And while long-running clubs such as cult-favourite Chantals House of Shame and Berghain still draw in the crowds, new bars and club nights often just pop up. Monthly techno queer parties like Pornceptual at Prince Charles and Homopatik have moved the crowds into alternative venues and neighbourhoods. The northern end of the Schöneberg district still reigns supreme as the full-on gayneighborhood of choice, with longtime queer favorites like Prinzknecht and Café Berio  still going strong.

  • Getting Around

    Public transportation is never really a problem in Berlin most of the gay neighbourhoods well-connected and easy to reach from the airports. The TXL airport is pretty much in the center of Berlin so even taxis are an economical option for getting from the airport to your hotel/holiday apartment.

  • The Subway

    The subway system is called the “U-bahn” while the overground train is called the “S-bahn.” Berlin works on a zone system starting with Zone A in the center and B and C moving out towards the outskirts of the city. Tickets are valid all on all trains and buses and need to be validated at the machine before boarding. The most economical route is to purchase either an unlimited or multi-day ticket or perhaps a 4-ride ticket which offers a discount compared to single rides.

  • The Airport

    Berlin has two airports: Berlin Tegel and Berlin Schönefeld. Berlin Tegel is in zone B and you can reach the city center by taking either the TXL bus or X9 JetExpressBus with a zone AB ticket, purchased from the machine outside the terminal. Berlin Schönefeld requires a zone ABC ticket since it’s farther out but is connected by the S-bahn train. The train station is not directly at the airport so you’ll take a free transfer bus from the terminal to the station.

Where to stay in BERLIN? TOP TRENDING HOTELS.

Most Berlin hotels are within walking distance of Alexanderplatz, but boutique and designer hotels are scattered throughout the other neighborhoods. Kreuzberg, Friedrichshain and Prenzlauer Berg are easily accessible via public transportation and provide a more local experience for travelers. Neukölln is another great area to stay thanks to a handful of cool hipster hotels.

Hotel Zoo Berlin

Stunning Design Hotel

As a member of the  Design Hotels network, the Hotel Zoo Berlin stands out as one of the most remarkable boutique hotels of the West. The individually designed rooms showcase a unique clash of modern design and historical elements. The hotel also offers an amazing breakfast in the Grace Restaurant. Check rates now!

Gorki Apartments

In the trendy central Mitte district.

Gorki Apartments are centrally located in Berlin’s trendy Mitte district, surrounded by numerous bars, cafés, galleries and shops. Guests can relax in the elegantly furnished apartments.

Housed in an attractive 19th-century building near Rosenthaler Platz, the accommodation consists of individually furnished apartments and 2 very spacious penthouses. The property combines famous design names with quirky flea-market items and contemporary elements. Check for rates!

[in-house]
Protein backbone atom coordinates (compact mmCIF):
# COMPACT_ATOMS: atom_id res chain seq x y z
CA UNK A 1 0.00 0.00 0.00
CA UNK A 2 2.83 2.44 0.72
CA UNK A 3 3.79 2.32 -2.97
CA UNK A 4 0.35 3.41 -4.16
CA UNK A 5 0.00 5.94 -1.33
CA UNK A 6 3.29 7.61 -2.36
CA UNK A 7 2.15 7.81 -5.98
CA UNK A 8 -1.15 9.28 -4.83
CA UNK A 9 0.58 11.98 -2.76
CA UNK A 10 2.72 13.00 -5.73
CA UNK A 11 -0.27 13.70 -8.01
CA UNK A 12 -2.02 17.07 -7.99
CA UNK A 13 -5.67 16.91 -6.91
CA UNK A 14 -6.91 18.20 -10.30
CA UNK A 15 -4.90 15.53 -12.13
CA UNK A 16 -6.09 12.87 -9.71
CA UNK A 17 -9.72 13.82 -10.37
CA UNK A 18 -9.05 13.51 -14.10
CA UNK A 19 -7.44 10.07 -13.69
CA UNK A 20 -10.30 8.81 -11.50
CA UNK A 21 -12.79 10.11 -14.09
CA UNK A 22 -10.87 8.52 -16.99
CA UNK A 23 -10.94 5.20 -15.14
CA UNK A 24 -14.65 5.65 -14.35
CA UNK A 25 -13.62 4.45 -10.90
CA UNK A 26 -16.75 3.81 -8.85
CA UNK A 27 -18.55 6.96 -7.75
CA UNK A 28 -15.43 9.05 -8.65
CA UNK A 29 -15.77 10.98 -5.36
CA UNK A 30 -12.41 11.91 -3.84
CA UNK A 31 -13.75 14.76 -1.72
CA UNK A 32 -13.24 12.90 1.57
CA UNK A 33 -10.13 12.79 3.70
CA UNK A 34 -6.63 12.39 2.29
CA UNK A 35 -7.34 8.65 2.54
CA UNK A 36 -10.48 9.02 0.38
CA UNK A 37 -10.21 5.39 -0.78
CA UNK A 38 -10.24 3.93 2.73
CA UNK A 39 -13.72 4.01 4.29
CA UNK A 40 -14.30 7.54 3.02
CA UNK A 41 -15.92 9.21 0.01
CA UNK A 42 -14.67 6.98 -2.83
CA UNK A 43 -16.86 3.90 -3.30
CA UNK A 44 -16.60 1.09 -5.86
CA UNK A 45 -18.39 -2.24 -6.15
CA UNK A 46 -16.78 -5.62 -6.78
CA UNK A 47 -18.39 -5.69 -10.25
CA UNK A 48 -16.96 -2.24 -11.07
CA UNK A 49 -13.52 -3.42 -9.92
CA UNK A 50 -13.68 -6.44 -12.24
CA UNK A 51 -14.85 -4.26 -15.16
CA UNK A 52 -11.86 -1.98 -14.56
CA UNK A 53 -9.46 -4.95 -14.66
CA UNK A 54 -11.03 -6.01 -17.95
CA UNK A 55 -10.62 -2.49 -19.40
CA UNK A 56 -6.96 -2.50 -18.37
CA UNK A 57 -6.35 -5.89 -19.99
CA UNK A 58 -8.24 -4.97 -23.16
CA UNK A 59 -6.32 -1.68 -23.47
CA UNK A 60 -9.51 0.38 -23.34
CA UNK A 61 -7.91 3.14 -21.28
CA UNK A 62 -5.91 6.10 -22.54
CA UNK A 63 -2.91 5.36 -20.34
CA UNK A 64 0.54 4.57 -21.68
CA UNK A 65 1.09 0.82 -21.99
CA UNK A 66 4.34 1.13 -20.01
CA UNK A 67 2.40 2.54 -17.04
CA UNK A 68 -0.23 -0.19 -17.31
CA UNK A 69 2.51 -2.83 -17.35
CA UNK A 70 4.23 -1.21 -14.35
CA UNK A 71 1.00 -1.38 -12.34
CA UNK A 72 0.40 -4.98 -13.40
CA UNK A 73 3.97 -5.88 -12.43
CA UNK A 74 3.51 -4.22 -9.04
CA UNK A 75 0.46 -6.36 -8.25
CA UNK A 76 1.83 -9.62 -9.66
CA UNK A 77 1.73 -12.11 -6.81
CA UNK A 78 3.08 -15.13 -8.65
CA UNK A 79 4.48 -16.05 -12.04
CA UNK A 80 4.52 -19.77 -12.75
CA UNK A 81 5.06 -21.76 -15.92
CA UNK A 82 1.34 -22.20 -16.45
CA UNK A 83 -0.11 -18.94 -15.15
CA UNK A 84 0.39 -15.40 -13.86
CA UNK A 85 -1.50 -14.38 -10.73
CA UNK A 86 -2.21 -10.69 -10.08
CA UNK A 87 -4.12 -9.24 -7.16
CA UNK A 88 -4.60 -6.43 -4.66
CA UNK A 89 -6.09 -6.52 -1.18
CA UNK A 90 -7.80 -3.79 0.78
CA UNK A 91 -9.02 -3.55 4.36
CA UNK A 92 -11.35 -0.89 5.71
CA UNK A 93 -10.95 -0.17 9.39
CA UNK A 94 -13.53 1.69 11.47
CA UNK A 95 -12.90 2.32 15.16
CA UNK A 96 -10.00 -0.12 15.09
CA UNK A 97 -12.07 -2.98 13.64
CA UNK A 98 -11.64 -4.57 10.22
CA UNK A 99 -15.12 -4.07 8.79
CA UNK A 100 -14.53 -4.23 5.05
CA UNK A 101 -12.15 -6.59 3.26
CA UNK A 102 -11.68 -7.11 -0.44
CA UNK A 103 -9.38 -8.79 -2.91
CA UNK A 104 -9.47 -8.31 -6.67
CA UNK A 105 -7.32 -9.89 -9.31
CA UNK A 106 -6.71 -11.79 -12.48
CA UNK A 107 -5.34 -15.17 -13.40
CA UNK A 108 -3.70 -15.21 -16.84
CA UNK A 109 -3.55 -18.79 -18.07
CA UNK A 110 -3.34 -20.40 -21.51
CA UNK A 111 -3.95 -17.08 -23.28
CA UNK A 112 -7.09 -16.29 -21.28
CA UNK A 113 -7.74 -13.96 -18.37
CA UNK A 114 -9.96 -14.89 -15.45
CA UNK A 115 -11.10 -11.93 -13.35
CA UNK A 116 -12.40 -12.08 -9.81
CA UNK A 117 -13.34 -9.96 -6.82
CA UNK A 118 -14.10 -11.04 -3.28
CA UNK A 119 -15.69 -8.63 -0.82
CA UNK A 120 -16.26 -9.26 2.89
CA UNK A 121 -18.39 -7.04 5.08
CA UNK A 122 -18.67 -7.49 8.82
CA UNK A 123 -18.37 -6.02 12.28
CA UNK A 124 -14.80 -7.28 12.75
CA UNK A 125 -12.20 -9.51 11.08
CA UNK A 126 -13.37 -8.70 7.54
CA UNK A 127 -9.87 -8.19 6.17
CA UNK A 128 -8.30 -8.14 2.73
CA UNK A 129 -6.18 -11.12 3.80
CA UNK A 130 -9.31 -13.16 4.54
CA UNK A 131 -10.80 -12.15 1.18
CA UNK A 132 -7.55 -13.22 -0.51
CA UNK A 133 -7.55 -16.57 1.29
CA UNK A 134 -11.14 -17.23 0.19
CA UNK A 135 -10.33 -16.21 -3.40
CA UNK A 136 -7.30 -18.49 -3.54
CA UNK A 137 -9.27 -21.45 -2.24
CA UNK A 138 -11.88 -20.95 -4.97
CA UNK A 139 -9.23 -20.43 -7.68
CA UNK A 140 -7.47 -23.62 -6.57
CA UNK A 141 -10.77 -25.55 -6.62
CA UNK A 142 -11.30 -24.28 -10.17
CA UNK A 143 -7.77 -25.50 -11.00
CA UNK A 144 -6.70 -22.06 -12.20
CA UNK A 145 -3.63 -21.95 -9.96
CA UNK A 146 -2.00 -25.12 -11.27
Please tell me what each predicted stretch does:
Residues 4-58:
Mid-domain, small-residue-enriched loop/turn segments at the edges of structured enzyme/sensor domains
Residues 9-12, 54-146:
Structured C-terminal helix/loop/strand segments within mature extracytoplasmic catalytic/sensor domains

Ku’Damm 101

Panoramic views & central location.

Located in West Berlin, this stylish design hotel has an amazing breakfast room with a panoramic view over the famous Kurfurstendamm shopping street. The Swiss-designed hotel is reminiscent of Bauhaus designs from the likes of Le Corbusier. Check rates now!

Where to party in BERLIN?

While Berlin’s nightlife options are wide and varied, it can be difficult to find out about what’s happening when. There are reoccurring party nights and gay events happening day-by-day, but Berlin’s best gay parties are the ones that happen less frequently—usually every month or just bi-monthly.

Prinzknecht-Berlin

Prinzknecht is in the hear of Schoneberg and is one of our favourite bars in the city – diverse guys and friendly staff.

Homopatik

Homopatik The gay party takes place at electro club ://about blank. Several floors and bars, and in summer a huge, enchanted garden area with swings.

Schwuz

Schwuz is now firmly embedded in its new home in Neukölln. Wednesdays, Thursdays, Fridays and Saturdays, this “living room” for the GLBTQ community is open and always full..

Revolver Berlin

The biggest monthly partyat one of the most loved and notorious clubs…the KitKatClub

Gay bars and parties we love in Berlin!

Berlin is in a constant state of flux and events come and go quickly, however the mainstay venues have stood the test of time and reinvent themselves regularly as the fashions change! We have more than 30+ listings for gay bars in Berlin, but here are 4 that have been popular for eternity! Check them out

Scheune Berlin

Scheune-Berlin

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A gay cruising bar popular with skinheads, dress code is jeans, sneakers, uniforms, rubber and skins, offering a darkroom and videos,
Prinzknecht Berlin

Prinzknecht

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A very big gay bar popular with local Berlin guy and a magnet for tourists looking to hook up with them.
Toms Bar Berlin

Toms Bar

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Tom's Bar is the infamous Schöneberg gay club, known throughout the world for its great music, and dark room!
Roses Berlin

Roses

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Small but so much fun! this gay bar has pink walls and is always packed so do not be surprised if you suddenly find yourself being groped,

What to See & Do in BERLIN?